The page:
By: Jan Chait
A new study has examined the relationship of decreased heart rate variability—the beat-to-beat alterations in heart rate—to protein in the urine and observable kidney disease. The study reports that severely reduced heart rate variability at baseline was associated with progressive kidney deterioration one year later.
Researchers in Boston, Massachusetts, and in Mexico City explain that impaired heart rate variability is a marker of nerve disease in the heart (cardiac autonomic neuropathy) and a common complication of long-standing type 1 diabetes. In studying 23 individuals with type 1, whose average age was 37, they found a marked decrease in heart rate variability indices in all of the study subjects.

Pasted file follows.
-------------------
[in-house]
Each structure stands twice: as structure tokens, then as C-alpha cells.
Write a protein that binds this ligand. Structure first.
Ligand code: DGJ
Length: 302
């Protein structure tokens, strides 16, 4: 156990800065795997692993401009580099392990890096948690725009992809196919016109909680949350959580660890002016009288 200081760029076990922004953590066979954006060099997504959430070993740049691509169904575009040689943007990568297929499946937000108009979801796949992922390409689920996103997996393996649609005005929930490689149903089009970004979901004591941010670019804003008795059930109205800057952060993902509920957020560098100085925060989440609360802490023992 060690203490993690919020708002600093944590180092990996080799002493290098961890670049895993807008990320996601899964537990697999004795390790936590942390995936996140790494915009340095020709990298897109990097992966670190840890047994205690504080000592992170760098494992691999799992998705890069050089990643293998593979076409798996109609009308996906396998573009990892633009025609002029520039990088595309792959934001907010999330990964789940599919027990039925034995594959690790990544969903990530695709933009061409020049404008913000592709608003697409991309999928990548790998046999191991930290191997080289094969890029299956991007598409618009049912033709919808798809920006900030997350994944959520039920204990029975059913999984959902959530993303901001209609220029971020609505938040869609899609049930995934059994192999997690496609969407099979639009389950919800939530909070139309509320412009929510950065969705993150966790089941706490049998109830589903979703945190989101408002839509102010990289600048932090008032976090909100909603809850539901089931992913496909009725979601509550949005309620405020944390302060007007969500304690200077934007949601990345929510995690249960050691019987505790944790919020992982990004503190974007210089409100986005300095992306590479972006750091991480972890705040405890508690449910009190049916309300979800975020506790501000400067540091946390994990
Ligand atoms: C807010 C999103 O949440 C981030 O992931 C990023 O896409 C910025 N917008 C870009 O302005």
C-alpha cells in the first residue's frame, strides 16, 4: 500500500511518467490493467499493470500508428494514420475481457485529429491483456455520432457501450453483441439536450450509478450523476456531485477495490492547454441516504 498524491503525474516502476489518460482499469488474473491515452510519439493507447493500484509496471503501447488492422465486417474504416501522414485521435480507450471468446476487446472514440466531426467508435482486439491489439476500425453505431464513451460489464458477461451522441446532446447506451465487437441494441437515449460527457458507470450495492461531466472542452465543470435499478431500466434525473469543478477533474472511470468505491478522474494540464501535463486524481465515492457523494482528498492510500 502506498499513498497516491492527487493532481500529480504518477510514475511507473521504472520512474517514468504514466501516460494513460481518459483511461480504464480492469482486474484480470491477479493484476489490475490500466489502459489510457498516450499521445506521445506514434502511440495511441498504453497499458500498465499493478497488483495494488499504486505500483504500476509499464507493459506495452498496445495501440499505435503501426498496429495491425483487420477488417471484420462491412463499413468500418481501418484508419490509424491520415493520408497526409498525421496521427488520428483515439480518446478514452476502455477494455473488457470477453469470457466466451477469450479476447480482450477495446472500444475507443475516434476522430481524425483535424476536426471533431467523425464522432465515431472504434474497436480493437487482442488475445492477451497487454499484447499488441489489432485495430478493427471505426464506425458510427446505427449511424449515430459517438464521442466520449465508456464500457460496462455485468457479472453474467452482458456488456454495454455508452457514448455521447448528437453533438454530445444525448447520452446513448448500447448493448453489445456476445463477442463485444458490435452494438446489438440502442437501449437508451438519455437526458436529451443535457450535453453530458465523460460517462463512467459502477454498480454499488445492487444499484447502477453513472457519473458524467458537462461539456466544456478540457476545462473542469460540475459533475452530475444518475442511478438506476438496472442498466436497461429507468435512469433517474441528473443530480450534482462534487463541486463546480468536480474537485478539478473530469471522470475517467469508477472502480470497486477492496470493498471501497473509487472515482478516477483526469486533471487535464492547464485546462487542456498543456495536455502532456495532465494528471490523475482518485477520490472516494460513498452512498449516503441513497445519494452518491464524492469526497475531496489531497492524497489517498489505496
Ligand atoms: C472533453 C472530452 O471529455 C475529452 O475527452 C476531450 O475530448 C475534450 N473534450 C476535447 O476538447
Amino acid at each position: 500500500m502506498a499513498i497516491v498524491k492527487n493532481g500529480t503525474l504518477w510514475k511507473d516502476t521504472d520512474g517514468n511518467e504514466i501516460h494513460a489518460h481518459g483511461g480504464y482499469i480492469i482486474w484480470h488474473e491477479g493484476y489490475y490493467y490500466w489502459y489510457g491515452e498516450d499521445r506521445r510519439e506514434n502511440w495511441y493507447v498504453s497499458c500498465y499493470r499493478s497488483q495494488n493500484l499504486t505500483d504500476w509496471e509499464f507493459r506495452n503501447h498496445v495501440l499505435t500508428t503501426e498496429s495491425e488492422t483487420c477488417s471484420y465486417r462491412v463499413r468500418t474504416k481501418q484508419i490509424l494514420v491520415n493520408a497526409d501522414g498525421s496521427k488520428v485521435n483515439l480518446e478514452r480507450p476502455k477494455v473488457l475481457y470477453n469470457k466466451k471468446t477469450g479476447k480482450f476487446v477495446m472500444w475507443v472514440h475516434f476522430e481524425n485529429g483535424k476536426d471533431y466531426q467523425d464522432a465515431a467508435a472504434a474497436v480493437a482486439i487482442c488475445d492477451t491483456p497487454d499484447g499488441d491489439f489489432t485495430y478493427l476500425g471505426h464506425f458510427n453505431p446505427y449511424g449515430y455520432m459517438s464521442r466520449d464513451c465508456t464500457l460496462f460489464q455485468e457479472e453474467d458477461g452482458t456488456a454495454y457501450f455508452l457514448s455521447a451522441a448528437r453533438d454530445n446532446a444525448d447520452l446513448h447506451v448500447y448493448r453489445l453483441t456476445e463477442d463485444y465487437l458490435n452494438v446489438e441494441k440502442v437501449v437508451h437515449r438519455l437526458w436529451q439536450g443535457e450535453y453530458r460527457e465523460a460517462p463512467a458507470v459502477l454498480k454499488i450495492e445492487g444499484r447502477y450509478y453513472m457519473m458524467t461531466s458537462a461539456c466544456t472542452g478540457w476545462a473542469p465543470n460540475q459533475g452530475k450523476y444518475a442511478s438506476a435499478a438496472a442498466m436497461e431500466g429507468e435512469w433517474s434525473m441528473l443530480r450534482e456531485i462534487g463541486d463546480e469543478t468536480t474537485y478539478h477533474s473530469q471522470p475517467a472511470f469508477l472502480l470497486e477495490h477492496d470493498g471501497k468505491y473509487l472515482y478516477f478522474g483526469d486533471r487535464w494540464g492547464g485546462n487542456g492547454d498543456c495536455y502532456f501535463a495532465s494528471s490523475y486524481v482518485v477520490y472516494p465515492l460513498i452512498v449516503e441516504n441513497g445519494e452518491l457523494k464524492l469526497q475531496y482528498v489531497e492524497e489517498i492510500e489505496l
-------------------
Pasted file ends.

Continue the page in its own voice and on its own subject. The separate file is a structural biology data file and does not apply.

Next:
Heart rate variability was associated with creatinine clearance—a marker of kidney disease—and, less frequently, with average 24-hour blood pressure and cholesterol. The researchers write that their findings “may have implications for aggressive medical intervention to improve prognosis and survival in this population.”
—International Journal of Cardiology, December 2002